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This is Part 4 of my ongoing series of excerpts from Borden Hicks’ personal account in Glimpses of the Nation’s Struggle. Borden Hicks was a humorous young officer in the 11th Michigan Volunteer Infantry during the American Civil War. The 11th Michigan is the regiment chronicled in my upcoming novel, The Edge of Hell. I’ve included some photos from my research trip to the battlefield back in the ’90s.


We did not arrive on this battlefield till about 4 p.m., September 19th, having been engaged at Crawfish Springs for the day previous to this. We charged on the field near Widow Glen’s house [see my footnote], and drove the Confederates beyond the position our troops occupied.


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Position of the 11th Michigan in the Brotherton Field*


At dusk we threw up a line of works, and sent one company out as skirmishers, then the balance layed [sic] down on their arms for rest. It was so cold that it was impossible to sleep, and we got very little rest. I was informed by one of the residents of the battlefield that ice formed that night. This was told to me some thirty years after the war, and his memory might not have been good, but it certainly was very cold, especially for men who had just loaned their blankets to Longstreet’s men.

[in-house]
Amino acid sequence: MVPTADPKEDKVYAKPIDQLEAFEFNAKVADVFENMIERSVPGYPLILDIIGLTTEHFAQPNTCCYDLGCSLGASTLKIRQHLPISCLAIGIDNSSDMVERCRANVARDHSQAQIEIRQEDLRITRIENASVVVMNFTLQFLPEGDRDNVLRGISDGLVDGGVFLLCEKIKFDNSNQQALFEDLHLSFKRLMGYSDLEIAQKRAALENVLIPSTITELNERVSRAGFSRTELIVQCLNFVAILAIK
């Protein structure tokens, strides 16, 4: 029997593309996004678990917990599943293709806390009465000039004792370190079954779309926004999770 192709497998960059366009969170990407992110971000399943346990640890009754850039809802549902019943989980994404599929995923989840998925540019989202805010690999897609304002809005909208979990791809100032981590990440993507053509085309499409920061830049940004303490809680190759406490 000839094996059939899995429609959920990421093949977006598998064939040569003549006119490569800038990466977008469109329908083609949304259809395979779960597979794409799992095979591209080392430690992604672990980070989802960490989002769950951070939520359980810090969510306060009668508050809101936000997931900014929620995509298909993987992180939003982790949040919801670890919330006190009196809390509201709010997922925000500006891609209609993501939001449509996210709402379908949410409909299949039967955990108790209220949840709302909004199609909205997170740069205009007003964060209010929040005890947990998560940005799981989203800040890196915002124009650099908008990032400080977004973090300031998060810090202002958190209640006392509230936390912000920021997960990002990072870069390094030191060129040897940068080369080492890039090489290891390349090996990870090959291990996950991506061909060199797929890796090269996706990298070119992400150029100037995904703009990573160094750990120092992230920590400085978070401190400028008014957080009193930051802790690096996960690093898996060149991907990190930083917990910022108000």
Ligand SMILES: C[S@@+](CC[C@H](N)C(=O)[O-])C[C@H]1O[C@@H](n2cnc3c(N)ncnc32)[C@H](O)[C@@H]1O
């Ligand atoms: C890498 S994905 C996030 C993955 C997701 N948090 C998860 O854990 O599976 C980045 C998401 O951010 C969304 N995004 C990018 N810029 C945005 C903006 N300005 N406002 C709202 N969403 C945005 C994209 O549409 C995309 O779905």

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Brotherton Field


On the morning of the 20th, urgent calls came from General Thomas on our left, for reinforcements, and our brigades was [sic] to take our place in the line. Our colonel, noticing that no troops had occupied our place and that the Johnnies were making for the works that we had just left, ordered us about, and it was a foot race for 20 or 30 rods, to see which would get there first. Whether we were nearest or the swiftest sprinters, I do not know, but we got there. In a few moments the order was repeated, this time so imperative that we had to go, and leave the gap in our lines, over which there has been so much controversy in history, as to who was to blame for this break in our lines, thus giving the enemy an entering wedge in our works. I have often speculated on what might have been the result of this important battle if our brigade had been allowed to remain, and hold this line, and thus prevent the Johnnies from gaining an entrance to our lines, and drive our right wing from the field of conflict.